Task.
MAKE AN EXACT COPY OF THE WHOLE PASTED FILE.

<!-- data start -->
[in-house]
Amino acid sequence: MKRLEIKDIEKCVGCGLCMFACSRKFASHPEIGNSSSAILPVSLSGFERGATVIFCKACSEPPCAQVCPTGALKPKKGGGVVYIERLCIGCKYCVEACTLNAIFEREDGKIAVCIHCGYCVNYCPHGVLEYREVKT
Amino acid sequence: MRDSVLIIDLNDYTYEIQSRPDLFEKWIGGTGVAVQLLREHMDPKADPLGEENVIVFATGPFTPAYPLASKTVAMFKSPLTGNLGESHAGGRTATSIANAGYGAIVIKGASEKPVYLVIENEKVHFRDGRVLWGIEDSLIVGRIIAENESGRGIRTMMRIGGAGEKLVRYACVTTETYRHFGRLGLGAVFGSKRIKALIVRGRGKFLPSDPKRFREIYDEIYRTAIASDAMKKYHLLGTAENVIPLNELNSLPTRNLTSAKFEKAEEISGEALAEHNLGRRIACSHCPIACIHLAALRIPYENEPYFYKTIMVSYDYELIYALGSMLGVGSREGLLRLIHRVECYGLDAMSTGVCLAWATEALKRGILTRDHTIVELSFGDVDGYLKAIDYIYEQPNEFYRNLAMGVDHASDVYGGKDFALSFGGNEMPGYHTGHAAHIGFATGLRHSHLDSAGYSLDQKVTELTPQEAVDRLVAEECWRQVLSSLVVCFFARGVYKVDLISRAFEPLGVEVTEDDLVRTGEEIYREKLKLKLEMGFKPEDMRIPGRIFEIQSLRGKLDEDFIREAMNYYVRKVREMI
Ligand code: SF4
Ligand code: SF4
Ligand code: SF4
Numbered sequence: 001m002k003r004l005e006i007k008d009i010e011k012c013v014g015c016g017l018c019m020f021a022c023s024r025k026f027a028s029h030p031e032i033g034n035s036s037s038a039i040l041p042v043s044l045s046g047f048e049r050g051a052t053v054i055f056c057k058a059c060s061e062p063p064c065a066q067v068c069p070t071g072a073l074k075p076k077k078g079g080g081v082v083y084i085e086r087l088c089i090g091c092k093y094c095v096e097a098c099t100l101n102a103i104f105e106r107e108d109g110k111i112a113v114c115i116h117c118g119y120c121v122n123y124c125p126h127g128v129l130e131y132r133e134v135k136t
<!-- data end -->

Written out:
[in-house]
Amino acid sequence: MKRLEIKDIEKCVGCGLCMFACSRKFASHPEIGNSSSAILPVSLSGFERGATVIFCKACSEPPCAQVCPTGALKPKKGGGVVYIERLCIGCKYCVEACTLNAIFEREDGKIAVCIHCGYCVNYCPHGVLEYREVKT
Amino acid sequence: MRDSVLIIDLNDYTYEIQSRPDLFEKWIGGTGVAVQLLREHMDPKADPLGEENVIVFATGPFTPAYPLASKTVAMFKSPLTGNLGESHAGGRTATSIANAGYGAIVIKGASEKPVYLVIENEKVHFRDGRVLWGIEDSLIVGRIIAENESGRGIRTMMRIGGAGEKLVRYACVTTETYRHFGRLGLGAVFGSKRIKALIVRGRGKFLPSDPKRFREIYDEIYRTAIASDAMKKYHLLGTAENVIPLNELNSLPTRNLTSAKFEKAEEISGEALAEHNLGRRIACSHCPIACIHLAALRIPYENEPYFYKTIMVSYDYELIYALGSMLGVGSREGLLRLIHRVECYGLDAMSTGVCLAWATEALKRGILTRDHTIVELSFGDVDGYLKAIDYIYEQPNEFYRNLAMGVDHASDVYGGKDFALSFGGNEMPGYHTGHAAHIGFATGLRHSHLDSAGYSLDQKVTELTPQEAVDRLVAEECWRQVLSSLVVCFFARGVYKVDLISRAFEPLGVEVTEDDLVRTGEEIYREKLKLKLEMGFKPEDMRIPGRIFEIQSLRGKLDEDFIREAMNYYVRKVREMI
Ligand code: SF4
Ligand code: SF4
Ligand code: SF4
Numbered sequence: 001m002k003r004l005e006i007k008d009i010e011k012c013v014g015c016g017l018c019m020f021a022c023s024r025k026f027a028s029h030p031e032i033g034n035s036s037s038a039i040l041p042v043s044l045s046g047f048e049r050g051a052t053v054i055f056c057k058a059c060s061e062p063p064c065a066q067v068c069p070t071g072a073l074k075p076k077k078g079g080g081v082v083y084i085e086r087l088c089i090g091c092k093y094c095v096e097a098c099t100l101n102a103i104f105e106r107e108d109g110k111i112a113v114c115i116h117c118g119y120c121v122n123y124c125p126h127g128v129l130e131y132r133e134v135k136t